Trust me, this guy is nuts and very dangerous. Harper escapes him, barely, thanks to the intervention of a strange little group. Two children, Allie and Nick, and a man known as The Fireman who we eventually learn is named John Rockwood. They lead Harper to the safety of a hidden camp full of infected people but one where they claim to have found a way to live with the Dragonscale and never burn up. Harper is a welcome addition to their family, being a nurse, and stays with them in their safe zone, Camp Wyndham.
John, The Fireman, is a really brilliant character to read about and I instantly liked him. He helps the camp but doesn’t stay there as he is a loner but a compassionate one. John has also learned to do something that others haven’t where he can work with the Dragonscale to utilise the flames while not burning. He can light a cigarette with his finger. He can also create a huge fire phoenix that can swoop down and attack those who threaten John’s family and friends. His abilities have given him an almost magical, even mythical, status in the world. John keeps the bad guys at bay, mainly the Cremation Crews which are a very real representation of humanities inability to accept anyone slightly different to them.
Cremation crews are militias of people who are armed and travel through the cities hunting those with Dragonscale. When they find them, well, the name says it all. Guess what job Jakob took up? Yep, he now runs a cremation crew with his heart set on finding and destroying Harper though he isn’t against killing any man, woman or child he happens upon while searching. John watches over the camp like a sentry and there is an instant attraction between him and Harper and eventually John’s standoffishness regarding other people is explained through a heart wrenching back story and as much as I love Harper, it is John’s tale that I was most enamoured with.
The Fireman, the story, is deep and quite beautiful at times but also manages to be equally horrific and depressing. At its heart it is the story of an expecting mother’s battle to survive in a world where death and despair are the easy options. It is a story of tenacity and will in a horrific world where it would be simpler to just give up and it is also a story that shows the strength of love and friendship in the most horrible situations and in the most terrifying of scenarios. In these instances, Joe Hill explores and showcases the very best of humanity but he also shows us the worst. We explore the dark pits that exist in the real world, not just this beautifully crafted fictional one.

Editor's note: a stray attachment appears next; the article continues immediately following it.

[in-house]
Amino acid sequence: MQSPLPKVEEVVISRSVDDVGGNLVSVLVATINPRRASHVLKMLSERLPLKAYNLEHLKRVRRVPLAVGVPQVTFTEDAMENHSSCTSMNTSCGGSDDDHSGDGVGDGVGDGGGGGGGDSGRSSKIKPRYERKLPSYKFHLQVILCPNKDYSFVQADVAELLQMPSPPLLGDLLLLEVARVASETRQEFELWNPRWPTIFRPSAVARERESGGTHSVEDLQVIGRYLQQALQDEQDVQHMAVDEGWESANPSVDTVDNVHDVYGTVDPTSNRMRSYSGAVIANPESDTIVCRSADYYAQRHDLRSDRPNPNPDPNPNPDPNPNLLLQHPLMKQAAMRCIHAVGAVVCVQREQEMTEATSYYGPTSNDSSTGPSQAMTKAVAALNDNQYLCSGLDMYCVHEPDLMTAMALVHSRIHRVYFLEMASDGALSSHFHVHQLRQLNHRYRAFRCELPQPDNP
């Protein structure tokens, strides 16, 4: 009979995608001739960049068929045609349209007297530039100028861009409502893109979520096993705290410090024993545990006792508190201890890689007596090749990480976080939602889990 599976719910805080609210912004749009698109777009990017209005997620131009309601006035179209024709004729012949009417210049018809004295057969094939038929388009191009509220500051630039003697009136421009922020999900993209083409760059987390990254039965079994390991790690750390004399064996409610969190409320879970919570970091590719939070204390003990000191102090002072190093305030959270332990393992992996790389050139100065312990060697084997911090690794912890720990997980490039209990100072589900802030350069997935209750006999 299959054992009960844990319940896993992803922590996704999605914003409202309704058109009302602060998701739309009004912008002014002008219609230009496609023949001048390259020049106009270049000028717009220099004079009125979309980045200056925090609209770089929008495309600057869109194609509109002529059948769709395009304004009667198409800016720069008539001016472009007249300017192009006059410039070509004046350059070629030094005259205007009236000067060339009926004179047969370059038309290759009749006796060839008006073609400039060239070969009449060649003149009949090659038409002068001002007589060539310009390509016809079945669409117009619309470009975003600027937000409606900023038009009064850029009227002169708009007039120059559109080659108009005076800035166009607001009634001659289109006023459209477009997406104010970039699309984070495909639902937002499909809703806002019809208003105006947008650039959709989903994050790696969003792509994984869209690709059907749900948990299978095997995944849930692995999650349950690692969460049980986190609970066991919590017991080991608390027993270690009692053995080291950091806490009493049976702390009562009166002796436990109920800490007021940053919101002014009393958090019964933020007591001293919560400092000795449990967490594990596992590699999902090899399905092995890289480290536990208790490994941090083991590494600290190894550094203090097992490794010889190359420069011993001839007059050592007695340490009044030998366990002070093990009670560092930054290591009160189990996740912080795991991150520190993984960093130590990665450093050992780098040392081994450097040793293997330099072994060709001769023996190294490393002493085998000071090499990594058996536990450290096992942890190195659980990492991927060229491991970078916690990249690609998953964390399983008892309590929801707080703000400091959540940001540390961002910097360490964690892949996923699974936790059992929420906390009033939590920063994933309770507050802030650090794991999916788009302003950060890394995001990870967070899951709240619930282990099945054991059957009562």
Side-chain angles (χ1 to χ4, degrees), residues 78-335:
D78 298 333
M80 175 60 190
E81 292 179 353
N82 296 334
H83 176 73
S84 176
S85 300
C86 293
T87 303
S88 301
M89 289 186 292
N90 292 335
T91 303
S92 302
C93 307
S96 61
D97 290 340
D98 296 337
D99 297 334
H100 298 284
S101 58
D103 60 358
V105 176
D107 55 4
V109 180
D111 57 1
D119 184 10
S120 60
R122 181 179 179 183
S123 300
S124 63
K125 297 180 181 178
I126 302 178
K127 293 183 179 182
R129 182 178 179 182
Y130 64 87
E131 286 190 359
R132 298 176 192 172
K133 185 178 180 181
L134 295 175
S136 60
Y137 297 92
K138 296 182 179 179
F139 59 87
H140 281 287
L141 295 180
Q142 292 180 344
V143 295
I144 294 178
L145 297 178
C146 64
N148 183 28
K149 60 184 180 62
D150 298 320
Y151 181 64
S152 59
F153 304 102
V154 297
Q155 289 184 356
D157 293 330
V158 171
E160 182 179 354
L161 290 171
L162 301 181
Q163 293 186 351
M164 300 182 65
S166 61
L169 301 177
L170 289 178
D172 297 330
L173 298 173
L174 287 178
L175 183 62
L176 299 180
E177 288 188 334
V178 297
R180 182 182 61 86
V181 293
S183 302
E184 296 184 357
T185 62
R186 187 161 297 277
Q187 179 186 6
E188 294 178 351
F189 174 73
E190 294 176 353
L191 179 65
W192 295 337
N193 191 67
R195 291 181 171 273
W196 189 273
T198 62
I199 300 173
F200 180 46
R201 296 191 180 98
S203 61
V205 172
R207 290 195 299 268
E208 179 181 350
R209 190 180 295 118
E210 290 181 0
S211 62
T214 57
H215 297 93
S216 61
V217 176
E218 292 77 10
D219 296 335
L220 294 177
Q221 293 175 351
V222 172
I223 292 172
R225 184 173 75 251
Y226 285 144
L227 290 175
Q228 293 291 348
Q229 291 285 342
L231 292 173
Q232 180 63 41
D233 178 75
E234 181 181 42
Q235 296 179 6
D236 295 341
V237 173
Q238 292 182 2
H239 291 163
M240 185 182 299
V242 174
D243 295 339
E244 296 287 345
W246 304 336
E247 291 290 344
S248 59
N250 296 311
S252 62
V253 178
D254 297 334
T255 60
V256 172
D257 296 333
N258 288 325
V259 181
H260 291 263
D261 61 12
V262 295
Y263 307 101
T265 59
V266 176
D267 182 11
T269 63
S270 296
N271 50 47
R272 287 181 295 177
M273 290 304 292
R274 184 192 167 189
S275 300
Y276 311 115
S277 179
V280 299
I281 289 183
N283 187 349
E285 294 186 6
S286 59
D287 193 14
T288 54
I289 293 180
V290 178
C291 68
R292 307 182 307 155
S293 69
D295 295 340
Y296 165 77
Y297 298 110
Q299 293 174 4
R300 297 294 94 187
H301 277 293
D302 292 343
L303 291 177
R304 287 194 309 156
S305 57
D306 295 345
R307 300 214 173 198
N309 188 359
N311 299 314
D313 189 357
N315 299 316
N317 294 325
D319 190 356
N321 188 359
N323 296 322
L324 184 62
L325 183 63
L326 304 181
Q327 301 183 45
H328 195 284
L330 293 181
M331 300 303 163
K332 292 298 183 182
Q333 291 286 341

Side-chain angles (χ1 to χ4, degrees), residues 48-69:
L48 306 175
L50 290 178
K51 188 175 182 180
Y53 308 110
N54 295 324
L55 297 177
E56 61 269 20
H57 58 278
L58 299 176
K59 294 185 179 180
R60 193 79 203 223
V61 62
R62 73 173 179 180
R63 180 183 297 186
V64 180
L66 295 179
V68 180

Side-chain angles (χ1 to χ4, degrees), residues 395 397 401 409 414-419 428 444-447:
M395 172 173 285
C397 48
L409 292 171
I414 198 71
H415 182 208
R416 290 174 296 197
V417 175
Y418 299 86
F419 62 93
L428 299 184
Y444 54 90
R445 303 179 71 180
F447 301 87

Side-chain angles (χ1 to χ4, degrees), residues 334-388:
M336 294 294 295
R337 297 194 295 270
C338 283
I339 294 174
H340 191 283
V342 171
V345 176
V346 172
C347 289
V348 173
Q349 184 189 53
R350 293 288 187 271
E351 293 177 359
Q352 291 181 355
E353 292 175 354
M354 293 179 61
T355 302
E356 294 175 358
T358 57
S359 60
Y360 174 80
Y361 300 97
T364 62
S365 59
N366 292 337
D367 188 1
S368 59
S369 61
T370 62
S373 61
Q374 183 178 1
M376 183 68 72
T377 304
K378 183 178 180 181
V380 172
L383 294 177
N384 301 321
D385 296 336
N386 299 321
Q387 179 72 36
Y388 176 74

We see the horror of mass extermination due to not being able to accept that people can be different and we also see the same large scale destruction through fear. Is it better to kill thousands to save yourself or are you killing every last bit of you by doing so? We explore mental abuse, suicide and extreme violence and delve into the stories of those who have lost mothers, fathers, sons, daughters and lovers. We also see good people at their worst as Joe explores the dangers of blind faith and religious herd mentality.
All in all, this book bravely tackles some very dark subjects but it tackles them well and is very thought provoking and emotional. I know I won’t be thanked for it but I couldn’t help thinking of this book as a kind of The Stand and it is, but on a more intimate scale. Whereas The Stand takes a view on the whole world’s destruction, this is kind of like if it just concentrated on one tiny element. A small family amid the chaos all around. For me, this book has so much going for it. I was never bored and felt completely connected to the characters. I felt the horror of their situations and the hope, when there was any. Any book that pulls you in and makes you care that much is worth its weight in gold.
Joe Hill is a talent. Yes, there are very definite influences from Stephen King in there but, well, how could there not be? The thing is this is very much not a Stephen King book despite those influences. I really enjoyed the writing style and like the depth each character and location was given. The Fireman, to me, is everything I look for in a story with well-developed and interesting characters that you will care for, love and others that you will hate. There are twists and turns aplenty and Harper’s quest to survive just long enough to save her child against a desperately grim backdrop is exciting and horrifying in equal measure. I loved it and will definitely be picking up another Joe Hill book right away.
The Fireman (Joe Hill)
- The Final Score - 9/109/10